©Dykes W-517 baseball card photo courtesy of Bill Spigler,
Class D, Blue Ridge League
Did you know professional baseball once took the limelight
along the northern region of the Blue Ridge Mountains? From
1915 to 1918, and 1920 to 1930, the Class D, Blue Ridge
League flourished in the communities of Hagerstown and
Frederick, in Maryland; Martinsburg, West Virginia, and the
Pennsylvania towns of Hanover, Chambersburg and Waynesboro.
At one time the far Western Maryland communities Cumberland
and Piedmont, and Gettysburg, PA were also were members of
Over the years they were known as Hustlers, Maroons, Blue
Sox and Red Birds. Dry Bugs, Colts, Terriers and Ponies.
They had nicknames like "Lefty", "Babe", "Hack", "Chick",
"Bugs", "Rube", "Snooks", "Dutch" and "Shorty". They played for the love of the game,
and the outside chance someone might see them for a chance
to tryout for one of the nearby Major League teams in
Washington, Philadelphia, Pittsburgh, or at least a chance to move up
to a higher class league. The names Connie Mack, Clark
Griffith and Jack Dunn were revered by the players and team
owners in the league, who were known to send players to each
of the league teams throughout the league's history.
The league produced three Baseball Hall of Famers: Pitcher
Robert Moses "Lefty" Grove; outfielder Lewis Robert "Hack"
Willson; and umpire Bill McGowan. It also produced several
well known Major League players and managers, such as Jimmy
Dykes (pictured), Johnny Neun, Luzerne "Lu" Blue, Clyde Barnhart, Bill
Sherdel, Bill Lamar, Herb Thormahlen, Marvin Goodwin,
Clarence Blethen, Rollie Hemsley, Roger
"Doc" Cramer, Joe Vosmick and "Babe" Phelps.
Based in Hagerstown (MD), the Class D, Blue Ridge League (BRL)
was part of the National Association of Professional
Baseball Leagues (NAPBL), now known as The Minor Leagues.
The league was founded by Charles W. Boyer, a former league
president in the original South Atlantic League, in 1915,
who served as league president of the BRL in 1915. Due to a
conflict of interest, Boyer resigned as president the first
week of the 1916 season, and James Vincent Jamison, Jr., a
Hagerstown businessman, was named to replace Boyer as league
president. Jamison would become one of the most respected
league officials of his era, and serve as the BRL's only
other league president, until the league disbanded for good
after the 1930 season.
To find out more about the Class D, Blue Ridge League,
please click onto the History link, and then click on one of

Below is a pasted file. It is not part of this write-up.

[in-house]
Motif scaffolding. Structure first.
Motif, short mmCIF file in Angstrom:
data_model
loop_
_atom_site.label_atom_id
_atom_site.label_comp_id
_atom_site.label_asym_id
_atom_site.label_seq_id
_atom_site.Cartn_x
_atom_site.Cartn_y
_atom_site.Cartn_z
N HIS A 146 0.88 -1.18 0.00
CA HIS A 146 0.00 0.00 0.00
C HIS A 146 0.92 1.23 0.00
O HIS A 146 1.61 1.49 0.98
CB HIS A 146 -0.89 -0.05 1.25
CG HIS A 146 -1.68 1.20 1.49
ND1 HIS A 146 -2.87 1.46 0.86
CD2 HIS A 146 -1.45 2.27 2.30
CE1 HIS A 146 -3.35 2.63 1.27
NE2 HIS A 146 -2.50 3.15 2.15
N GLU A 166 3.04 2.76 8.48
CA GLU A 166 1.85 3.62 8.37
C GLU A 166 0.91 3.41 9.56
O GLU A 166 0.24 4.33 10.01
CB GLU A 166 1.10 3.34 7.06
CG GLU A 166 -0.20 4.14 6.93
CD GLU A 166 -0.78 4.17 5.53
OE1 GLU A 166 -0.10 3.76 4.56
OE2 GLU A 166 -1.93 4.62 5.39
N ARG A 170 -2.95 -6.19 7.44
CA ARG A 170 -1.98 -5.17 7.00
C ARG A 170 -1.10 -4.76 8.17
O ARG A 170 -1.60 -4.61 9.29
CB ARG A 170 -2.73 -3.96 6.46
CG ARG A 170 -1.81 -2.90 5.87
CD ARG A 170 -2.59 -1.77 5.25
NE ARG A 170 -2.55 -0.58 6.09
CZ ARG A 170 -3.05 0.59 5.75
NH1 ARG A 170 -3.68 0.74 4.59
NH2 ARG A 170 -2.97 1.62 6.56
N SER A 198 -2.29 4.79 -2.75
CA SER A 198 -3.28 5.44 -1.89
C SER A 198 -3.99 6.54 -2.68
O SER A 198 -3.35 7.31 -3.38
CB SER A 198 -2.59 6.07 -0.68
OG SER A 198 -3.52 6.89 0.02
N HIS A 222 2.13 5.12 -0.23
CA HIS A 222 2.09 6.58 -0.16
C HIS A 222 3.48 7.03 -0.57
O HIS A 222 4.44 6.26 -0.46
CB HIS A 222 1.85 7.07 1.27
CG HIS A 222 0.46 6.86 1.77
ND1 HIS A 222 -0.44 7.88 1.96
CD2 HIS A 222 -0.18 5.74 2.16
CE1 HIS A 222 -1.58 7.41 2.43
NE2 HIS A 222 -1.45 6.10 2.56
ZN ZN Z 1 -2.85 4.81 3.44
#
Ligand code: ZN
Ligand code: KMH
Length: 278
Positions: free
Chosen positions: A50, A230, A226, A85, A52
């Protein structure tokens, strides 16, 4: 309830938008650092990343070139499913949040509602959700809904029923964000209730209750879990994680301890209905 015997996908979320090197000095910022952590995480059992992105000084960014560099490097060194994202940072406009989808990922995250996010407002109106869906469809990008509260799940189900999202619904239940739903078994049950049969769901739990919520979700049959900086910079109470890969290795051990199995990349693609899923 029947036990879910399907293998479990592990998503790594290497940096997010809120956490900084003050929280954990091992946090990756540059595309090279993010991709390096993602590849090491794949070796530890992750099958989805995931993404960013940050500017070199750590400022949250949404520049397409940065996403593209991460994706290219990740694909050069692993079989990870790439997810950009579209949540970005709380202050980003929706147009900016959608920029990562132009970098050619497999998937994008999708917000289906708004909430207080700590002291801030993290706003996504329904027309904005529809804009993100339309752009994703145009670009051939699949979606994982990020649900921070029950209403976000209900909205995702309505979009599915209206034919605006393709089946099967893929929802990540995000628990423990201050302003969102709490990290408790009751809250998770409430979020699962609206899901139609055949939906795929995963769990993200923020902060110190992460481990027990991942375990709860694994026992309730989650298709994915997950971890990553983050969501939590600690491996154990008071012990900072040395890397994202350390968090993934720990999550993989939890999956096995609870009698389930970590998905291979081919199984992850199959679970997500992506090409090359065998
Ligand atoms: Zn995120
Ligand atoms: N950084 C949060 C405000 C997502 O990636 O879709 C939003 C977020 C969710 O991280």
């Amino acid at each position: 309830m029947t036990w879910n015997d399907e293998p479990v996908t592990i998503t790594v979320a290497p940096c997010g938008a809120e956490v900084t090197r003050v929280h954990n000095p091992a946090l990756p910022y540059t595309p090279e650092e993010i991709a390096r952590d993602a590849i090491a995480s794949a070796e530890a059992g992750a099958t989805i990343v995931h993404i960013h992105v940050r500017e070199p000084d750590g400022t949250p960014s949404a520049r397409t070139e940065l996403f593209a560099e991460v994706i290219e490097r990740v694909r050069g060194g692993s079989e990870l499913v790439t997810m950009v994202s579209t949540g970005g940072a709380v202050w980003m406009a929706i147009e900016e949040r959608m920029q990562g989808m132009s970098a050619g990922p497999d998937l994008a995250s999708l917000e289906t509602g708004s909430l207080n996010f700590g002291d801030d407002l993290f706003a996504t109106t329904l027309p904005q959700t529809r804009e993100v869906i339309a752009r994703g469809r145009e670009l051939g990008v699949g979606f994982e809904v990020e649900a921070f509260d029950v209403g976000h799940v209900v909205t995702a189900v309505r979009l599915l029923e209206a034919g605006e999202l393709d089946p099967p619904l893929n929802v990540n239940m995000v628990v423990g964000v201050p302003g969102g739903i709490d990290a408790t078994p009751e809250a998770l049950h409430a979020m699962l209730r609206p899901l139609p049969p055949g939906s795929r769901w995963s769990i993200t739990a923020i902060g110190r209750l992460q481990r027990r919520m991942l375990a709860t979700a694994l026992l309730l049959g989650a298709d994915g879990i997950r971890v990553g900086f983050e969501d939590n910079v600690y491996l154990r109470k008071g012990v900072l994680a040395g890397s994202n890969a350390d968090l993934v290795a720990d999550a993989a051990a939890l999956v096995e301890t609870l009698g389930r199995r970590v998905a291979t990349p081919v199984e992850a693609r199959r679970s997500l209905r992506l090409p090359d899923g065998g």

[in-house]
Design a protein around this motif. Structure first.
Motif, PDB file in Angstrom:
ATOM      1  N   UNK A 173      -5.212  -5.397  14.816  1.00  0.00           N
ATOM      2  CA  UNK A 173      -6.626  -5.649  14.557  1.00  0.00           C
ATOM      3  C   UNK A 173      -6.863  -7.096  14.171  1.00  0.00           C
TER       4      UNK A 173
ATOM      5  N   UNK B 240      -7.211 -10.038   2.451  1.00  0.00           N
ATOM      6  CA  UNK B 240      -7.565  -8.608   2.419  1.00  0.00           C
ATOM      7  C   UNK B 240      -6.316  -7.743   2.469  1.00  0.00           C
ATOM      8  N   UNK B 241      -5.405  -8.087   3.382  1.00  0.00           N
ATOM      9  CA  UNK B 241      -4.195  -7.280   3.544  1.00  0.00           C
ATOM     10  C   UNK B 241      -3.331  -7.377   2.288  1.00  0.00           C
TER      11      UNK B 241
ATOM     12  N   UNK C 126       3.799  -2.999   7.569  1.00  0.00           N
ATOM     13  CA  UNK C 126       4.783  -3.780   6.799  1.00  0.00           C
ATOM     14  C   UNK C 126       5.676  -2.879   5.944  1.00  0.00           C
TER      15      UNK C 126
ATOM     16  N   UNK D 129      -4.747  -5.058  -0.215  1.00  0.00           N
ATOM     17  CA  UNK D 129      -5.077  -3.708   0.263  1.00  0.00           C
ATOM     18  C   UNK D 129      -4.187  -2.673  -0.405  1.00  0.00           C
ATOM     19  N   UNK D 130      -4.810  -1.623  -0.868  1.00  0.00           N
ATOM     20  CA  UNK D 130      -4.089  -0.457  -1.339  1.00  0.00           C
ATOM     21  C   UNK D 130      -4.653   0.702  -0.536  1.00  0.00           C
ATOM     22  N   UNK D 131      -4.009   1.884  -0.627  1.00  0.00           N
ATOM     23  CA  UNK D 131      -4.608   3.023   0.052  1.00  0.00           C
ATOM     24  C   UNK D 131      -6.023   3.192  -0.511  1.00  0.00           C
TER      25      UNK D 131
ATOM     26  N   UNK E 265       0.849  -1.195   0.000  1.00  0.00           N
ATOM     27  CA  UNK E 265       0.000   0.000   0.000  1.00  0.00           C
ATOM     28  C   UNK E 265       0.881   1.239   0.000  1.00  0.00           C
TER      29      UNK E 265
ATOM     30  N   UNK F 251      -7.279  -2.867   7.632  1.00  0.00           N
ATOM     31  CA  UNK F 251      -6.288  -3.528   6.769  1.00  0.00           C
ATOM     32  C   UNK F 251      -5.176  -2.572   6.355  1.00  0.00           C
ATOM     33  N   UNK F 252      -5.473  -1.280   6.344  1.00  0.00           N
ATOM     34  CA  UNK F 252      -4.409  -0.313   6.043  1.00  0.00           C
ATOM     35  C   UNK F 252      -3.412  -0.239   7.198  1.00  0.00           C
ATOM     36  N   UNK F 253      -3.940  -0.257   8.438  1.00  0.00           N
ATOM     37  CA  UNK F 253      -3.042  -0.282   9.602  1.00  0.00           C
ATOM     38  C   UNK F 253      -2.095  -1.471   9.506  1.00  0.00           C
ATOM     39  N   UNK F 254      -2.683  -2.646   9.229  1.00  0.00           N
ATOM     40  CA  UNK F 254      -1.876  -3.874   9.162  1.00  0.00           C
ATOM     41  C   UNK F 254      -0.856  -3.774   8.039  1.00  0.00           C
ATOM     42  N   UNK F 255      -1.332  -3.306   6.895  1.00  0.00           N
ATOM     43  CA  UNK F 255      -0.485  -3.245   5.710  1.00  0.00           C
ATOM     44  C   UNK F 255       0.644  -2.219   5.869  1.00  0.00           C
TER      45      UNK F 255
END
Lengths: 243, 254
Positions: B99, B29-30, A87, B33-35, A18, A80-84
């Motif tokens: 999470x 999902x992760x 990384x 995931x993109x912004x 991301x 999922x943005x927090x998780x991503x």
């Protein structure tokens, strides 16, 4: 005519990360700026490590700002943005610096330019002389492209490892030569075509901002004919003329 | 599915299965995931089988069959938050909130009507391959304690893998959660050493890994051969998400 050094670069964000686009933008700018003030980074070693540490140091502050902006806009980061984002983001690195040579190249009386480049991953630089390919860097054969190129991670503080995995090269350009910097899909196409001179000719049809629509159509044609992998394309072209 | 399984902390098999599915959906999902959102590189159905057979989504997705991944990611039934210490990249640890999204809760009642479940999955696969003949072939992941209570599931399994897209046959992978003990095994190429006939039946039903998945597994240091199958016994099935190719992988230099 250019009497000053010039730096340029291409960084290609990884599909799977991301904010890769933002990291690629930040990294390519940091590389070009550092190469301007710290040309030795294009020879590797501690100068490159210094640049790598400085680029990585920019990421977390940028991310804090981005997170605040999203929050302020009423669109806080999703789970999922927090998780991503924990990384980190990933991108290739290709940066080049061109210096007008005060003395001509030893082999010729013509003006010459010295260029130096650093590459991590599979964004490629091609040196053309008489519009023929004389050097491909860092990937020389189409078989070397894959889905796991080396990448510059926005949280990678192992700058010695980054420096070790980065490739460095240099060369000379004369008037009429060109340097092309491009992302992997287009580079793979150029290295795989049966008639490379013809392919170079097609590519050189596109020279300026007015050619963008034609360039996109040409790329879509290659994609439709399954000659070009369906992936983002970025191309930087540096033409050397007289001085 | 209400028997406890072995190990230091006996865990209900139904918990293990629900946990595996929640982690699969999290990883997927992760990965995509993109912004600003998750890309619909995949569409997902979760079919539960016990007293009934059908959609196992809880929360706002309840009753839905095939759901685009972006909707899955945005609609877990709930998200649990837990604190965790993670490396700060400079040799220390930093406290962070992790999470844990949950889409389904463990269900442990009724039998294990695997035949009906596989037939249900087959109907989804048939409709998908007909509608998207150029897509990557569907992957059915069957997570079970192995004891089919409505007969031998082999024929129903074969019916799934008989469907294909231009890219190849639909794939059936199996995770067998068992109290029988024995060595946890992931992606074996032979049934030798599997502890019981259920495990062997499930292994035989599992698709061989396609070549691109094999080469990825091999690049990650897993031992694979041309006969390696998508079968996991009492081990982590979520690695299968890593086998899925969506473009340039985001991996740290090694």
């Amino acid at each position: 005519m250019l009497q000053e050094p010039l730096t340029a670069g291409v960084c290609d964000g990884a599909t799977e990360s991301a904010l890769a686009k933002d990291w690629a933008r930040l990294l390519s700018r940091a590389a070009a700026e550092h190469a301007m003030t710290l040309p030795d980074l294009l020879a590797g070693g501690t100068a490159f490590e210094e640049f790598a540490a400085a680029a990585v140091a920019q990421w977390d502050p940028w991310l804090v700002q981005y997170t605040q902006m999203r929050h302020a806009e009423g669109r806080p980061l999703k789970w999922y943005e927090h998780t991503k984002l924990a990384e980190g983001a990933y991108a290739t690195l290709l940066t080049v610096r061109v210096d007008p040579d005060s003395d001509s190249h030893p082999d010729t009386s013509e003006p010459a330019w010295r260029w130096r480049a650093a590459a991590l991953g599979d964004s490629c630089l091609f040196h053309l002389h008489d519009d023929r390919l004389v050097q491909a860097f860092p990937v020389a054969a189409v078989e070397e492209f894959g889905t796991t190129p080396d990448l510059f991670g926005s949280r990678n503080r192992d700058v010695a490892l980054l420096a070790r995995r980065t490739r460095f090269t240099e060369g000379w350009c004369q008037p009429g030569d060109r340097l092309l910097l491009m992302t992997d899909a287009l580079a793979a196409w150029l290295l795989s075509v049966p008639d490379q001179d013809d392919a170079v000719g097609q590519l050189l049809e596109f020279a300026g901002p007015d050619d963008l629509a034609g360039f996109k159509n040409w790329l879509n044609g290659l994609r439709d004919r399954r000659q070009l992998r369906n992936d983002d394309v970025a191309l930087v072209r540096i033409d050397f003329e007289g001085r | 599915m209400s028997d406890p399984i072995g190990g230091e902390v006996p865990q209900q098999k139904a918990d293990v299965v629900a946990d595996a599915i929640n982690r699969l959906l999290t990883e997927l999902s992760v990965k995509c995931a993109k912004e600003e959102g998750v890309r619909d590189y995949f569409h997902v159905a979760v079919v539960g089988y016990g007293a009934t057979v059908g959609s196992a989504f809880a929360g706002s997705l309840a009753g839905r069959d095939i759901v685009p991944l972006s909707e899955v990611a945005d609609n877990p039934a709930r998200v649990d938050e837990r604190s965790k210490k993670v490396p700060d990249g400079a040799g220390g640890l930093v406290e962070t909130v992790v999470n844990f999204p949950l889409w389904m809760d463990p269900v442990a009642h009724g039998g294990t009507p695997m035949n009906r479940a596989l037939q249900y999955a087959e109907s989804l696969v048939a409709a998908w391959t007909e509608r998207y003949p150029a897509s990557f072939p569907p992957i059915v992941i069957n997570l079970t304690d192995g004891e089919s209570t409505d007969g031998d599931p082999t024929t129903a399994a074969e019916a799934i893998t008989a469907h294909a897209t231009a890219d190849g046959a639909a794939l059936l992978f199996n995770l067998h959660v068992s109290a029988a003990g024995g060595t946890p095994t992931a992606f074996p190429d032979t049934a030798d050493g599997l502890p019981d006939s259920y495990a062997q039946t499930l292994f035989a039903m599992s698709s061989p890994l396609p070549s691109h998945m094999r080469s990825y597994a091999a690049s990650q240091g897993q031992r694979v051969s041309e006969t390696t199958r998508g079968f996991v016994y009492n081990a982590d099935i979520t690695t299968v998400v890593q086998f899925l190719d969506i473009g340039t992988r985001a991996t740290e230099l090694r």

the highlighted years to find out more about the league, and
the players who played in the BRL.
Check out our Pictures page for new information!
For more information email:
The goal of this website is to continue the legacy
of the original Class D, Blue Ridge League (1915-18,
1920-30), and remember those players and officials
who played an important role of bringing the
excitement of professional baseball to the Western
Maryland, Eastern Panhandle of West Virginia, and
South Central Pennsylvania during a almost forgotten
time in our history. We respect the intellectual
rights of our fellow researchers, and ask that if
you use anything from this site that it is properly
credited, whether from the author (read below), or a
third party. Though we respect the privacy of the
families of these players and officials, we hope
this site can remember some of them for their
accomplishments on or off the field.
If you would like to add any pictures or
content to the site, or request to reproduce any content,
please send inquiries to: Mark C. Zeigler, Boys of the
Blue Ridge at
If you use any content or pictures from this
website please include any copyrights to
© Mark C. Zeigler, Boys of the Blue
We are not responsible for any copyrights on any third party
photographs (i.e. - Baseball Hall of Fame Library,
University of Maryland, Philadelphia Athletics Historical
Society, et al), and do not hold the copyright outside of
this website, and our upcoming publication, "Boys of the
Blue Ridge - The Early Years."
Disclaimer: This web site has no connection to Major
League or Minor League Baseball or any of its affiliated
franchises. The information contained herein is factual, and
has been researched through the archives of many newspapers,
especially in the areas of the Blue Ridge League cities and
Special thanks to Ken Malnar, Nikoletta
Benami and Andy Smith of
Frederick, Maryland; Mary Mannix and Maryland Room of the C.
Burr Artz Library, Frederick, Maryland; Mary Jo Price of
Frostburg State College, Frostburg, Maryland; John Frye,
Western Maryland Room, Washington County Free Library,
www.newspaperarchives.com; ProQuest; the Baseball Hall
of Fame Library, Bert Giamatti Research Center, Cooperstown,
NY; Philadelphia Athletics Historical Society, Philadelphia,
www.vintageball.com, Frank Russo and
www.thedeadballera.com; and the Society of American
Baseball Research, Cleveland, OH, and its members.
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